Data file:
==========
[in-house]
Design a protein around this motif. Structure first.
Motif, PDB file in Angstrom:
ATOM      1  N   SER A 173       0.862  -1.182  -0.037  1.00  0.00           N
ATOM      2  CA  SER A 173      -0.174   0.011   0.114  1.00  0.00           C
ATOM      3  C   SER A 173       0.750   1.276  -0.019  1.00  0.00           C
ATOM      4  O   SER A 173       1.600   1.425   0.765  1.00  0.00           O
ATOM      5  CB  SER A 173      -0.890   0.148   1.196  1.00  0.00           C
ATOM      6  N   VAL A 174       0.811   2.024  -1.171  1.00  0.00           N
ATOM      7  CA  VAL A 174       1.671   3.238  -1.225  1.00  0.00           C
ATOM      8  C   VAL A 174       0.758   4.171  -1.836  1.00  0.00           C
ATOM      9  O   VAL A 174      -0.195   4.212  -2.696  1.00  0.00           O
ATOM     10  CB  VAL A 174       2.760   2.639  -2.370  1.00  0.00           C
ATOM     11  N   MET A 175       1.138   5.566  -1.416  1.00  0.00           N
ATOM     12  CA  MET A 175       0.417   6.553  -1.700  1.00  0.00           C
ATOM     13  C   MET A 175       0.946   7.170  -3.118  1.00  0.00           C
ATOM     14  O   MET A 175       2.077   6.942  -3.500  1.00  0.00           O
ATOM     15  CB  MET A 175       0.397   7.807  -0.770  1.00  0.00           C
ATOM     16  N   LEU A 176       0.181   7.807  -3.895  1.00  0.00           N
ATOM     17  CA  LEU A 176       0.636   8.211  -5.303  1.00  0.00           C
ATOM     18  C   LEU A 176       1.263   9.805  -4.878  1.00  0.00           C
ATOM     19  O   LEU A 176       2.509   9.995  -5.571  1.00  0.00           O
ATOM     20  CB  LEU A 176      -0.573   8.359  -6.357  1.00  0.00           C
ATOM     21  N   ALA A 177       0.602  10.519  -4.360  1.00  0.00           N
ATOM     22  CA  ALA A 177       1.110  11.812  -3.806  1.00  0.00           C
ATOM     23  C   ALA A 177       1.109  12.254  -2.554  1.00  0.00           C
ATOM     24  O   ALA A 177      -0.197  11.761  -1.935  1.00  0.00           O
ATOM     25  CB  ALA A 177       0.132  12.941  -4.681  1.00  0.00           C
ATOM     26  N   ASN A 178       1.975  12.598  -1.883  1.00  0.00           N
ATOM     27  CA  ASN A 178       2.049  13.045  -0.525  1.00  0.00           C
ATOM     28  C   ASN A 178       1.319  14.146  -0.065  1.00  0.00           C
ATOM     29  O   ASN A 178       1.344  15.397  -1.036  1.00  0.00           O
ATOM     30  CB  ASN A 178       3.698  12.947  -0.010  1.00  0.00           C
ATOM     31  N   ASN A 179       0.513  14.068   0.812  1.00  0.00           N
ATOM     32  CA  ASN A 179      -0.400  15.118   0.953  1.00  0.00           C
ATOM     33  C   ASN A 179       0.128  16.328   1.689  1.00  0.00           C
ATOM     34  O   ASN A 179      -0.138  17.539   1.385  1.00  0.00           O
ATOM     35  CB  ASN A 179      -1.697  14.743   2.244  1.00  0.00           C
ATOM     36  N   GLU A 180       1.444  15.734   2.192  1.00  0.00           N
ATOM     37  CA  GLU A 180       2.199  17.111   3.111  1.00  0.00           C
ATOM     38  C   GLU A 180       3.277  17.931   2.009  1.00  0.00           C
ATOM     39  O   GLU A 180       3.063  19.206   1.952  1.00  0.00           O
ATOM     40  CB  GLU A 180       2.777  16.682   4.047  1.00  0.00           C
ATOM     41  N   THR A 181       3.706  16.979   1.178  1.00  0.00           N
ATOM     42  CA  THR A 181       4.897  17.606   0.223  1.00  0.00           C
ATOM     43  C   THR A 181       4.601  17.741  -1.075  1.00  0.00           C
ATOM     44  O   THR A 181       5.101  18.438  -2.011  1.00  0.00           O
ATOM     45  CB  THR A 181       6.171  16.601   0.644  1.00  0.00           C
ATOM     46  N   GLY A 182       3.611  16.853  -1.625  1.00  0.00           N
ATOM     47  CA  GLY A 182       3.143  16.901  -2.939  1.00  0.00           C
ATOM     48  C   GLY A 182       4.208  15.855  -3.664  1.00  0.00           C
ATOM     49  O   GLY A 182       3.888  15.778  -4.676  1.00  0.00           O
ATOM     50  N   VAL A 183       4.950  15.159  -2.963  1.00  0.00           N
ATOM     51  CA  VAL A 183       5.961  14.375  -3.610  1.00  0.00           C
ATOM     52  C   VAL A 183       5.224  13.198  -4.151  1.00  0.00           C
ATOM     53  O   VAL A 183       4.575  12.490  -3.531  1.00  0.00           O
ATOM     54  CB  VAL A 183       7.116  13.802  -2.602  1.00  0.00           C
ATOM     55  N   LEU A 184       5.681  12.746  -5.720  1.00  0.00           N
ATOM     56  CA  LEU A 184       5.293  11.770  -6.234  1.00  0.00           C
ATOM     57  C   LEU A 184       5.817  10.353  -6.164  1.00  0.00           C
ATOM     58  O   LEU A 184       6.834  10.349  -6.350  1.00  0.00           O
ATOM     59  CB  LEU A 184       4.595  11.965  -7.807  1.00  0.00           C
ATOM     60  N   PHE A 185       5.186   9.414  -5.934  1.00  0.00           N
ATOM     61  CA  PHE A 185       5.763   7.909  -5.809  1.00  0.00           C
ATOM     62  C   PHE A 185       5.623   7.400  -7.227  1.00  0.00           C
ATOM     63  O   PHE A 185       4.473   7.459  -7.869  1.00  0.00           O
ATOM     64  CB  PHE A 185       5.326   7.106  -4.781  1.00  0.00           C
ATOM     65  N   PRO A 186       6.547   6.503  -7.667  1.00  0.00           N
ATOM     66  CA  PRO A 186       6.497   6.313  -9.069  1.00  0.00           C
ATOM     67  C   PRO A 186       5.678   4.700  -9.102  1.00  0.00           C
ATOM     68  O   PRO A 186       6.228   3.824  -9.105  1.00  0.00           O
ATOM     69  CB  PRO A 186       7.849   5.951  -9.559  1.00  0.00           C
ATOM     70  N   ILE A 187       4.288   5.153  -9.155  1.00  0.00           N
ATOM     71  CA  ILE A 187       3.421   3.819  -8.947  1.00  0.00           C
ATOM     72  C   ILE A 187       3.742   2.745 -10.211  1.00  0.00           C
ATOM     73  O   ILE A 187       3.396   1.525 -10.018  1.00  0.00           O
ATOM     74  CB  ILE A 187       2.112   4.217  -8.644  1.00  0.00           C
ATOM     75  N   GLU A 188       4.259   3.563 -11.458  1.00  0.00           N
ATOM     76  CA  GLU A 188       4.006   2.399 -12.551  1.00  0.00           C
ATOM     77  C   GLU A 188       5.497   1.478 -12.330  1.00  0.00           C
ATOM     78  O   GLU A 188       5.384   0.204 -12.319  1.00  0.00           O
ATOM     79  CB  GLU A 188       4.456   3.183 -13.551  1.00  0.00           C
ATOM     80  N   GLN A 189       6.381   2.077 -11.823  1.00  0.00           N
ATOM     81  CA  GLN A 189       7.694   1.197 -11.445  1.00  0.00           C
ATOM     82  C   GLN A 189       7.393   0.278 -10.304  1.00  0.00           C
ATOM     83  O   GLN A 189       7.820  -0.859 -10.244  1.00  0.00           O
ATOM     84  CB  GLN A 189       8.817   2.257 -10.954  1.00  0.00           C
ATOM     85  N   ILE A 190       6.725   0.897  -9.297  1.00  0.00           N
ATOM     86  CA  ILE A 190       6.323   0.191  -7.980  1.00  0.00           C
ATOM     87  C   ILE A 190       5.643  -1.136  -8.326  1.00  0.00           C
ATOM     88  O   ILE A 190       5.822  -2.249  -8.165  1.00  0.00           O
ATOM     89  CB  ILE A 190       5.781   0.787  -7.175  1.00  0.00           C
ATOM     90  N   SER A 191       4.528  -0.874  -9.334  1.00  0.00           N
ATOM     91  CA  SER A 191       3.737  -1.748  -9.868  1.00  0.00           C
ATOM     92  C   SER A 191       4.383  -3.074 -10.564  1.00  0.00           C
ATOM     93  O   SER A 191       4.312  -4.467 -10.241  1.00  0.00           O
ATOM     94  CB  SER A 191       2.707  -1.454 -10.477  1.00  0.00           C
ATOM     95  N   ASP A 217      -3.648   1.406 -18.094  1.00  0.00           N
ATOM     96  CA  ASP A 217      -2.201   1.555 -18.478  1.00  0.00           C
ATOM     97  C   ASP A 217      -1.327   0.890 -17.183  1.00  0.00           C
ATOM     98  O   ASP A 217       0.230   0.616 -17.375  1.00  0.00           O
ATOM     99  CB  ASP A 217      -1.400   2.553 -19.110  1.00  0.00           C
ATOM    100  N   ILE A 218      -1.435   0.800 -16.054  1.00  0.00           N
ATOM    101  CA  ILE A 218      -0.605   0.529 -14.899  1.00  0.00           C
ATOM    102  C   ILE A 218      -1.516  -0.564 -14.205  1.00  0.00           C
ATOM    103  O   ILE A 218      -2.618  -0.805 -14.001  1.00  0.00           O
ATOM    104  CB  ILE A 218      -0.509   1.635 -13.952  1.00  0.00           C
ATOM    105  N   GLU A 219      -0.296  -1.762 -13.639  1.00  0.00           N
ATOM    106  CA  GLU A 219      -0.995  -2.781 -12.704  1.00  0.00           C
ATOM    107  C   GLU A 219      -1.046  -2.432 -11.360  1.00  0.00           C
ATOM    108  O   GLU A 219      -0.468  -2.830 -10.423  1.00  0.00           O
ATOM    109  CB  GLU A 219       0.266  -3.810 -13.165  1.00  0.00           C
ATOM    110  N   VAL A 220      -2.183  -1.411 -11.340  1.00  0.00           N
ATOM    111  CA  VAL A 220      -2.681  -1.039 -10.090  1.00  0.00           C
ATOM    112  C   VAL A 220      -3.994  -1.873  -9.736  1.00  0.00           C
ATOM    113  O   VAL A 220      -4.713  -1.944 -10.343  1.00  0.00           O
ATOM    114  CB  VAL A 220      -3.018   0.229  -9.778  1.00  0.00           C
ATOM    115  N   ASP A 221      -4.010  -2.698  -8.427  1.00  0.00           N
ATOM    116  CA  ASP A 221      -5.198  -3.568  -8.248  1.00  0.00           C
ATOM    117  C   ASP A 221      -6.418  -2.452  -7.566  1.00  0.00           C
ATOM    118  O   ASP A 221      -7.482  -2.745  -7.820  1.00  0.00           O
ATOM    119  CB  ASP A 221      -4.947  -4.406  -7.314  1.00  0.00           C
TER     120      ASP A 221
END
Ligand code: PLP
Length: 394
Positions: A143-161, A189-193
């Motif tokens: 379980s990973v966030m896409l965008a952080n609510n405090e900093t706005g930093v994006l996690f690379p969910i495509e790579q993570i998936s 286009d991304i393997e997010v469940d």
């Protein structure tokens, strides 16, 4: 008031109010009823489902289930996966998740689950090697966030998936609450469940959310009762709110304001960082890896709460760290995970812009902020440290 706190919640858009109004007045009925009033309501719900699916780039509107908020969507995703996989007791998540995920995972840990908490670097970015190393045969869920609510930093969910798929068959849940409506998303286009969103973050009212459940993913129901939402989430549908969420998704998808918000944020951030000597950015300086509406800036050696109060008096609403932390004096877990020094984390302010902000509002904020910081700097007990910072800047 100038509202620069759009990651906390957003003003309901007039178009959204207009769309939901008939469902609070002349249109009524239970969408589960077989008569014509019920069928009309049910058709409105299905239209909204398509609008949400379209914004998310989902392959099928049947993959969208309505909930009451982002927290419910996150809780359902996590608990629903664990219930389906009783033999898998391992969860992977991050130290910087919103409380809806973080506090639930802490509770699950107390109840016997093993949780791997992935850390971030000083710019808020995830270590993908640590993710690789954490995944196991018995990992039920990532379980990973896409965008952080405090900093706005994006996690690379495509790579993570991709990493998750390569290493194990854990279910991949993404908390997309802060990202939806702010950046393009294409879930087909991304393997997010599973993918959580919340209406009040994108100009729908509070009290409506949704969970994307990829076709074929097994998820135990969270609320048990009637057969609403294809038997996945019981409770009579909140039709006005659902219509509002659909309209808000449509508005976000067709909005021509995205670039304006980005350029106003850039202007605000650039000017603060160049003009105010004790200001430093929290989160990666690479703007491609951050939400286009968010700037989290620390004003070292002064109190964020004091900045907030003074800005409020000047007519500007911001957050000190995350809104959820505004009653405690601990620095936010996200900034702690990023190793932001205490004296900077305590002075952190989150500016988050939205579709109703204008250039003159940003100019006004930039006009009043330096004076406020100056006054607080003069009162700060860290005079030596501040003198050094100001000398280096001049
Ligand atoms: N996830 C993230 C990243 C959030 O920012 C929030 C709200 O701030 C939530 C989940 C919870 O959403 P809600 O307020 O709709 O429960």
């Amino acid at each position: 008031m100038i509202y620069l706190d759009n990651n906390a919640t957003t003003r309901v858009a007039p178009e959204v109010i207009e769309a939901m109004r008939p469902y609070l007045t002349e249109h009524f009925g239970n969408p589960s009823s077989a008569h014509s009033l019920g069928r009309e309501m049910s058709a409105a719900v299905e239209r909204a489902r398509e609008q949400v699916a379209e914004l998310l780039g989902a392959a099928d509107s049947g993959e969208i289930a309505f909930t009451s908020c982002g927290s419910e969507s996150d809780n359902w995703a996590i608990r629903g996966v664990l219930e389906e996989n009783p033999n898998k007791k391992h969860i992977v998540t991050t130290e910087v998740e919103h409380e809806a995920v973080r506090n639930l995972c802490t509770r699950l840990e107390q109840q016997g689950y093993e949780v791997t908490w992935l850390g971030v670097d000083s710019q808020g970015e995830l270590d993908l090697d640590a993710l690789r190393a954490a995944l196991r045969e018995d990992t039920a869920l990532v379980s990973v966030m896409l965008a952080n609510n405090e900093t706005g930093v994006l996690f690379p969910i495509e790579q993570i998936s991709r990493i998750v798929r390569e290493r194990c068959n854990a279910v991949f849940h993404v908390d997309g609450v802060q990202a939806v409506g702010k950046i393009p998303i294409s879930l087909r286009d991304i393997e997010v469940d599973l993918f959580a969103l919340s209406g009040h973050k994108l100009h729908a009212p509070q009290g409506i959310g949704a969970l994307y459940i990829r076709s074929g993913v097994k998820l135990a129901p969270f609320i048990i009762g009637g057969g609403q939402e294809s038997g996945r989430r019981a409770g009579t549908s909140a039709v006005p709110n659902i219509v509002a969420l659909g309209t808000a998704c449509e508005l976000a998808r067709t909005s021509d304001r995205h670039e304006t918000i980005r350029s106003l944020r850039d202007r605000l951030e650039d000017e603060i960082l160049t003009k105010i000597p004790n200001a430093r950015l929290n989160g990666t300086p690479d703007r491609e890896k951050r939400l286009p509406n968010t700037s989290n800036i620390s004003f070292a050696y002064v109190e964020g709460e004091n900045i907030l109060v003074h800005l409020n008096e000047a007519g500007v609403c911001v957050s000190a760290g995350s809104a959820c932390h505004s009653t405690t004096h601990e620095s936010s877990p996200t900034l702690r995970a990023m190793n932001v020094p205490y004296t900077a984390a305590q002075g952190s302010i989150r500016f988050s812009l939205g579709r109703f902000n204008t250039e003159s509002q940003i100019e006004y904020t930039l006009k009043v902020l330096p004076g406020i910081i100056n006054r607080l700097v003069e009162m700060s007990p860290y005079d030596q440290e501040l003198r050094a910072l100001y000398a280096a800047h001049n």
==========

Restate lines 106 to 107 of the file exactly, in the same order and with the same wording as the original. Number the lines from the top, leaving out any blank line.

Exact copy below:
ATOM    103  O   ILE A 218      -2.618  -0.805 -14.001  1.00  0.00           O
ATOM    104  CB  ILE A 218      -0.509   1.635 -13.952  1.00  0.00           C